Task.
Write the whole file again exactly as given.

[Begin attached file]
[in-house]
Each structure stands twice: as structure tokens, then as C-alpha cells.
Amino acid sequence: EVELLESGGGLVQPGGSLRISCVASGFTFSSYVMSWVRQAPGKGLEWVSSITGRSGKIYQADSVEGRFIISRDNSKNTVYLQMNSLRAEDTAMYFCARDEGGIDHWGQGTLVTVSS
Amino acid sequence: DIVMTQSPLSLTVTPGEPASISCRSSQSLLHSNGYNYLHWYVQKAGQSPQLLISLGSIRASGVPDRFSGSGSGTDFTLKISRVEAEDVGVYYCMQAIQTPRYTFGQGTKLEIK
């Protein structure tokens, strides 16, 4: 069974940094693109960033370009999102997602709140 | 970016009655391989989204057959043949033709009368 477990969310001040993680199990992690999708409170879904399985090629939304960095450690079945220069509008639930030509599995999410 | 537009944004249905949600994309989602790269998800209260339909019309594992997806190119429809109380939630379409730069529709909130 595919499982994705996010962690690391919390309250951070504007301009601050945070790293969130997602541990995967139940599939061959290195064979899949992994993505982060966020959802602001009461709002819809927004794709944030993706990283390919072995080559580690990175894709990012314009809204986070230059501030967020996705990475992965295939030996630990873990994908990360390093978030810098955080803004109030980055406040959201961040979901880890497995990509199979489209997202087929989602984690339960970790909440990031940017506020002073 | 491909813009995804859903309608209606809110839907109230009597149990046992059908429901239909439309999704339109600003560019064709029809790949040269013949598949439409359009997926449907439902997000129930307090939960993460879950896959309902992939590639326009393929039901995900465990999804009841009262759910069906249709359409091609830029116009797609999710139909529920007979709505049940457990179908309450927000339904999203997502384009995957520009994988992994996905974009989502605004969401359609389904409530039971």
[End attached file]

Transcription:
[in-house]
Each structure stands twice: as structure tokens, then as C-alpha cells.
Amino acid sequence: EVELLESGGGLVQPGGSLRISCVASGFTFSSYVMSWVRQAPGKGLEWVSSITGRSGKIYQADSVEGRFIISRDNSKNTVYLQMNSLRAEDTAMYFCARDEGGIDHWGQGTLVTVSS
Amino acid sequence: DIVMTQSPLSLTVTPGEPASISCRSSQSLLHSNGYNYLHWYVQKAGQSPQLLISLGSIRASGVPDRFSGSGSGTDFTLKISRVEAEDVGVYYCMQAIQTPRYTFGQGTKLEIK
């Protein structure tokens, strides 16, 4: 069974940094693109960033370009999102997602709140 | 970016009655391989989204057959043949033709009368 477990969310001040993680199990992690999708409170879904399985090629939304960095450690079945220069509008639930030509599995999410 | 537009944004249905949600994309989602790269998800209260339909019309594992997806190119429809109380939630379409730069529709909130 595919499982994705996010962690690391919390309250951070504007301009601050945070790293969130997602541990995967139940599939061959290195064979899949992994993505982060966020959802602001009461709002819809927004794709944030993706990283390919072995080559580690990175894709990012314009809204986070230059501030967020996705990475992965295939030996630990873990994908990360390093978030810098955080803004109030980055406040959201961040979901880890497995990509199979489209997202087929989602984690339960970790909440990031940017506020002073 | 491909813009995804859903309608209606809110839907109230009597149990046992059908429901239909439309999704339109600003560019064709029809790949040269013949598949439409359009997926449907439902997000129930307090939960993460879950896959309902992939590639326009393929039901995900465990999804009841009262759910069906249709359409091609830029116009797609999710139909529920007979709505049940457990179908309450927000339904999203997502384009995957520009994988992994996905974009989502605004969401359609389904409530039971």